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The Element of Surprise: Drug Tests in Texas Divorces or Custody Case

Aimee Pingenot Key | August 5, 2015

Alcohol test photo

For many, divorce can be full of surprises. Sometimes, even the fact that you’re getting divorced comes as a surprise. Our Dallas, Plano and Austin divorce lawyers at Goranson Bain Ausley work hard to help mitigate the surprises, but there is one aspect of a divorce when sometimes the surprise is very strategic.

Drug tests can radically change the outcome of a divorce proceeding or custody case — but since most people who are addicts or abusers know how to pass basic drug tests, the element of surprise can be an invaluable tool in catching drug use. Our attorneys are able to assist parties who hope to surprise someone with a test or who need help after a surprise test has gone wrong.

Can They Do That?

Often, people are shocked to hear about this “surprise.” If you’re on the receiving end of an order to submit to a drug test, it may seem as though a surprise test would be illegal. However, in Texas, such tests are legal. Essentially, a surprise drug test means that the court tells a person during a hearing that they will have to submit to a drug test right then and there or within an extremely short period of time.

If the order is to submit to the test immediately, the judge will often have a bailiff or other officer prepared to administer the drug test before the person is able to walk out the door. This is particularly useful in the case of urinalysis or when the person being tested is an alcoholic who shouldn’t be drinking, since alcohol can typically only be measured during a narrow window of time.

In instances where the person has a limited amount of time to submit to testing, the time-frame may be a short number of hours. Another method of making sure the person doesn’t circumvent the test is to take a test that involves testing hair, a nail clipping, or nail shaving. While urinalysis goes back only a few days at most for harder drugs, a piece of hair or nail can tell the courts if the person used drugs in the last three months and even up to the last twelve months in some cases.

Consequences of Failing a Surprise Drug Test

The main reason a judge will order a surprise drug test is because there are concerns about the best interest of the child or children in a divorce or custody case. Another reason may be if there have been problems with domestic violence that have been fueled by drugs or alcohol.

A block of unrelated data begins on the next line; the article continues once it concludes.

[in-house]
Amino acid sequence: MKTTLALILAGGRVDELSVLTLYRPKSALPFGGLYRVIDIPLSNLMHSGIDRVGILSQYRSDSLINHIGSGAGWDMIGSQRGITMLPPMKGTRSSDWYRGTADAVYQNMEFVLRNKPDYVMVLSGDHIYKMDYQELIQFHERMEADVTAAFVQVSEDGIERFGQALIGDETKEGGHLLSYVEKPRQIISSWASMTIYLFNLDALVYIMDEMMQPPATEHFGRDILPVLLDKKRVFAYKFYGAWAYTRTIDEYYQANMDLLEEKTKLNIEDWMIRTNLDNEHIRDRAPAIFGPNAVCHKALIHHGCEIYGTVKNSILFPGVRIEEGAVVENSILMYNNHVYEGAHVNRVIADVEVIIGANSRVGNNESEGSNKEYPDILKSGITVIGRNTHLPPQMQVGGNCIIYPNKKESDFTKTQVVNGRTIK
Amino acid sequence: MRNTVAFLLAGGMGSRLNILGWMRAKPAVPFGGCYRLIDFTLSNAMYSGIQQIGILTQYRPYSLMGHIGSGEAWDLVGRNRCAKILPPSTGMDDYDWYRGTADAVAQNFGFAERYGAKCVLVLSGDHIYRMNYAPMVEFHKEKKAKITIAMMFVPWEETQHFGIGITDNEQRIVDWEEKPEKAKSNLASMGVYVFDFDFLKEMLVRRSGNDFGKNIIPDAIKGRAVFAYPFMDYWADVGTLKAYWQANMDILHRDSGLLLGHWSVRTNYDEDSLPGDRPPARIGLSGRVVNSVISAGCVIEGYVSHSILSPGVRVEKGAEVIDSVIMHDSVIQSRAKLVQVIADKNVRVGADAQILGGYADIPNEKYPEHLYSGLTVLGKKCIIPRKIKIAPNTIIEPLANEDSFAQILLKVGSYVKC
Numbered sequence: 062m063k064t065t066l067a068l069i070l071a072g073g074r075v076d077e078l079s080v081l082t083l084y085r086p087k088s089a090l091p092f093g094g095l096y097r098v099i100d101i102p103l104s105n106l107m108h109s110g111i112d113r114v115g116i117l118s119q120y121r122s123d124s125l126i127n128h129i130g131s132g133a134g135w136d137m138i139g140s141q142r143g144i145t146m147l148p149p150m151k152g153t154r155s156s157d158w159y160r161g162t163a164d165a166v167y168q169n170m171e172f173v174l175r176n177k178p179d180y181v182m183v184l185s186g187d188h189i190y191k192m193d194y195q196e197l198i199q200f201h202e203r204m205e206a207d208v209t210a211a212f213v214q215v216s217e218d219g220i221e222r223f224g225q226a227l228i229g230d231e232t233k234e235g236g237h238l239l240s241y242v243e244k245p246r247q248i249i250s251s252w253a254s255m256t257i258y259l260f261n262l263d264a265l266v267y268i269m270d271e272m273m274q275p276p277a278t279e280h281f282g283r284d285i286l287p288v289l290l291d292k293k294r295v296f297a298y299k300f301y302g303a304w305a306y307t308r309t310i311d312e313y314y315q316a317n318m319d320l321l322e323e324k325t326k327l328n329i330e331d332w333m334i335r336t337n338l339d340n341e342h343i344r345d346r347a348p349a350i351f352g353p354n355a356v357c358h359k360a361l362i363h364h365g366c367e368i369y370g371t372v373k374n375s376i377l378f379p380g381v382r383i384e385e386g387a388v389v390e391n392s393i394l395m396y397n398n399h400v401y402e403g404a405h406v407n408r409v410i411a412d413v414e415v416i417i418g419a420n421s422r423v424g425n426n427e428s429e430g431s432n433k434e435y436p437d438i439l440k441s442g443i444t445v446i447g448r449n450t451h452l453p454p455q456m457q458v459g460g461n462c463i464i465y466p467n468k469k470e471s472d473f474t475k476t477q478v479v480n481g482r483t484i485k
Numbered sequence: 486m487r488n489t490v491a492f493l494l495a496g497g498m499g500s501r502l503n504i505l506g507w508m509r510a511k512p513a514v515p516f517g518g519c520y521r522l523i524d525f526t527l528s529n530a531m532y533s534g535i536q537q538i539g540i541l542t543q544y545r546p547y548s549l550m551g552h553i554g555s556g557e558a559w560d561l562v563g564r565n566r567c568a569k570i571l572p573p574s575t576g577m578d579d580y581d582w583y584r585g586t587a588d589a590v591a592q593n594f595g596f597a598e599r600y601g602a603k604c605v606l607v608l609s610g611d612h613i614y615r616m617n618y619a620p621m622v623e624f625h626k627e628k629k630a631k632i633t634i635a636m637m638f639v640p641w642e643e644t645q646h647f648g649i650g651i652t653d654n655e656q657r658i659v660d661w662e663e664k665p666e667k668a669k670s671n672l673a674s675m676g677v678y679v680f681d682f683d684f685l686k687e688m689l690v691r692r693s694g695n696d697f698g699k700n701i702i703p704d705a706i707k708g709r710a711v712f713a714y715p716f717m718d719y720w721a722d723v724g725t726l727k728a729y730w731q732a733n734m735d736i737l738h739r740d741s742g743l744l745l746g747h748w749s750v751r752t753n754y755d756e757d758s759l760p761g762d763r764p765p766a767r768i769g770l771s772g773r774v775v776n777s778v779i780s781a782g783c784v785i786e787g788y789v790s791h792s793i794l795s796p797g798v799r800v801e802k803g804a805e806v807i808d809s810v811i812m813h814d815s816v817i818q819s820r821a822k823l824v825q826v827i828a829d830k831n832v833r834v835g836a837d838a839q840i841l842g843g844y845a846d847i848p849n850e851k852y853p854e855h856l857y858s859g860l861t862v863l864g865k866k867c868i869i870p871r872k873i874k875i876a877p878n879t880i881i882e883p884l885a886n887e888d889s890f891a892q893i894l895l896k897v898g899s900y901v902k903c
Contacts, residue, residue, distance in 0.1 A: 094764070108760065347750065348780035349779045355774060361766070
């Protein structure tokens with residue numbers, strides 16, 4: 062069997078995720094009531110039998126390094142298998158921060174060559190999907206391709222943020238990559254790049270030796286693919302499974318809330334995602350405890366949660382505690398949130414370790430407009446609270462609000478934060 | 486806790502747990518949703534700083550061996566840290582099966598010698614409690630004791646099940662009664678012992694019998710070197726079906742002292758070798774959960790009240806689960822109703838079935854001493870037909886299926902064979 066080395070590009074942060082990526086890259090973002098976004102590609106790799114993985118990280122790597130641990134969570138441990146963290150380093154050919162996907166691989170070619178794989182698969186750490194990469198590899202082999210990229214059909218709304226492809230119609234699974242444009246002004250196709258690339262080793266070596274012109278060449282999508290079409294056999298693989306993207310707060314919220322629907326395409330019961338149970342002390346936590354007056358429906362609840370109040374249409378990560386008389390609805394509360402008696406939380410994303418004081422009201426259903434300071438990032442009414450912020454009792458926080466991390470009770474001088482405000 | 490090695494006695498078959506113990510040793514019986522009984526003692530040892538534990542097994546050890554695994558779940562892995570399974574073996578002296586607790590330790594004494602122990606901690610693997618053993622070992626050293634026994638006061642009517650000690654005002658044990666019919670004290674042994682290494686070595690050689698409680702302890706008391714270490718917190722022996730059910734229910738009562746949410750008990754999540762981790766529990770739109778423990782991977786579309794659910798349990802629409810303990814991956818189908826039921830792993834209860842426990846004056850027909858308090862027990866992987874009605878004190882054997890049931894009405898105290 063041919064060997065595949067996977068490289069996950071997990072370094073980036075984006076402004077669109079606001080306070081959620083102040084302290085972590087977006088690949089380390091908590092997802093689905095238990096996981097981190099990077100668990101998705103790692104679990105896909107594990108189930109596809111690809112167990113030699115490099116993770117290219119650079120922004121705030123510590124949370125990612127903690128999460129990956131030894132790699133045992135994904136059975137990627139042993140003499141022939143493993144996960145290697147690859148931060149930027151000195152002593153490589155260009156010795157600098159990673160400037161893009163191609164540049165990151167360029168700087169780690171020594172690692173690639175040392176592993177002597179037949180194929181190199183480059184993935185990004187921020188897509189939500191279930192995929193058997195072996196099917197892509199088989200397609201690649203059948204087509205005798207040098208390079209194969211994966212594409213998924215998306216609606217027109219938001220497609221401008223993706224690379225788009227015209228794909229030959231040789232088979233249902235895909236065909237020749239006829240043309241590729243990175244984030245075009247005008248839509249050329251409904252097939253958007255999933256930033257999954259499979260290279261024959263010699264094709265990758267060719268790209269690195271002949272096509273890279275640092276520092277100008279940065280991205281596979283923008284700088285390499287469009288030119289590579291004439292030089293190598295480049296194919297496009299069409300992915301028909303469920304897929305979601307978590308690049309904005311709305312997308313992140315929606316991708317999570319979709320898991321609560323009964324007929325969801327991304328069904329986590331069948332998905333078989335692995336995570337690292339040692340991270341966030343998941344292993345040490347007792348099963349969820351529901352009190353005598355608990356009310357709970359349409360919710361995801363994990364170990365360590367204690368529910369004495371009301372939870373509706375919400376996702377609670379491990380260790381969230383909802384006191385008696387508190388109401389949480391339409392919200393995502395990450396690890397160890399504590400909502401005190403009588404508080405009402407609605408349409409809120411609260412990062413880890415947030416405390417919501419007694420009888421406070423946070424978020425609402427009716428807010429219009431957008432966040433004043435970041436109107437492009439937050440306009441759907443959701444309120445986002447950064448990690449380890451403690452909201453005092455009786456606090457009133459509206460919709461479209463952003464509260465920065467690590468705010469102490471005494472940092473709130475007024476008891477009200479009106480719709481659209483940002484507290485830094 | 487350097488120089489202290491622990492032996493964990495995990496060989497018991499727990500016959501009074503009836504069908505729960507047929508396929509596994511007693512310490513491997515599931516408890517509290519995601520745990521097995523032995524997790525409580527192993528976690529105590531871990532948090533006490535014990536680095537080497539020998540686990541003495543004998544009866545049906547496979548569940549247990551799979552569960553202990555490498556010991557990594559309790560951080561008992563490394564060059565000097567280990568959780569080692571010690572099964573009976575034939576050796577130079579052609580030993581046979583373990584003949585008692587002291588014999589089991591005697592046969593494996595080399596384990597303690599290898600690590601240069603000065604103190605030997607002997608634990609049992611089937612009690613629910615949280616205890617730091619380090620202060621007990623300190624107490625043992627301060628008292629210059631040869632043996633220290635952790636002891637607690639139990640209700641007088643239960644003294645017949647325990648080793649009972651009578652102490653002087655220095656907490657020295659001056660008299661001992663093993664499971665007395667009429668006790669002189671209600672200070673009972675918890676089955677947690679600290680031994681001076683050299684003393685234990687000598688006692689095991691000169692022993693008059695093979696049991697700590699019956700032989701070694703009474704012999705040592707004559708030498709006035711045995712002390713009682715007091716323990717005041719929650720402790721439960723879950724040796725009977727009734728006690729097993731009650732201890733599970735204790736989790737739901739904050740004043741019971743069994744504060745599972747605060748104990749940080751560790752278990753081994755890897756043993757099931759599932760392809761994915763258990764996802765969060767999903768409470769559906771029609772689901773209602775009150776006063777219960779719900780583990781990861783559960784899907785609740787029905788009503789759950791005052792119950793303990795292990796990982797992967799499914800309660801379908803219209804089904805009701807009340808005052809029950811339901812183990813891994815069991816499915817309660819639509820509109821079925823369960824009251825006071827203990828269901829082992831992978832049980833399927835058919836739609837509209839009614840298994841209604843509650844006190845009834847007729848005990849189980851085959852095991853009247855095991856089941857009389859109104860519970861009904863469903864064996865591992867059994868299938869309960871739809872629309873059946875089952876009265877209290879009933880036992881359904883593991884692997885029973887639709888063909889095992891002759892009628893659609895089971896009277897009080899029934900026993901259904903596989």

If a parent fails a surprise drug test, usually the outcome is that he or she loses custody or visitation rights, at least on a temporary basis. The court may order supervised visits, which means the parent can only spend time with the child or children if another, trustworthy adult is present. This means failing a surprise drug test may result in never spending time alone with your children — or at least not until you can prove to the court that you’ve overcome the problem. Other times a parent is required to submit to future drug or alcohol testing and monitoring to ensure the parent is not using illegal drugs or alcohol prior to visitation with the child or children.

It is crucial to work closely with an experienced attorney if you suspect a surprise drug test is the right avenue to protect your child or if you need to show the courts you are on the road to recovery. Contact us today to discuss the particulars of your case.

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Our attorneys are experienced in all aspects of family law and will guide you through each step of the process, ensuring you have the information you need to make wise decisions and prepare for the future.

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At Goranson Bain Ausley, we strive to deliver clarity about what comes next and confidence that you and your family’s future are more secure. Contact our team and discover how we can help you.

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Beth E. Maultsby

Substance Abuse Cases What Every Attorney Should Know About Drug And Alcohol Testing

In a family law case, it is common for one party to accuse the opposing party of substance abuse. As a result, drug/alcohol testing has become a commonplace tool used to determine (1) the accuracy of substance abuse allegations; and (2) issues related to custody and visitation. When used properly, drug/alcohol testing is a valuable tool. Armed with the proper information, drug/alcohol testing can then be used to provide evidence of drug use and non-compliance with court orders or abstinence and compliance with court orders. Unfortunately, Judges and attorneys are often uninformed regarding the technical nuances of the various testing methods, which results in drug/alcohol testing that is inappropriate to the specific circumstances of the case.

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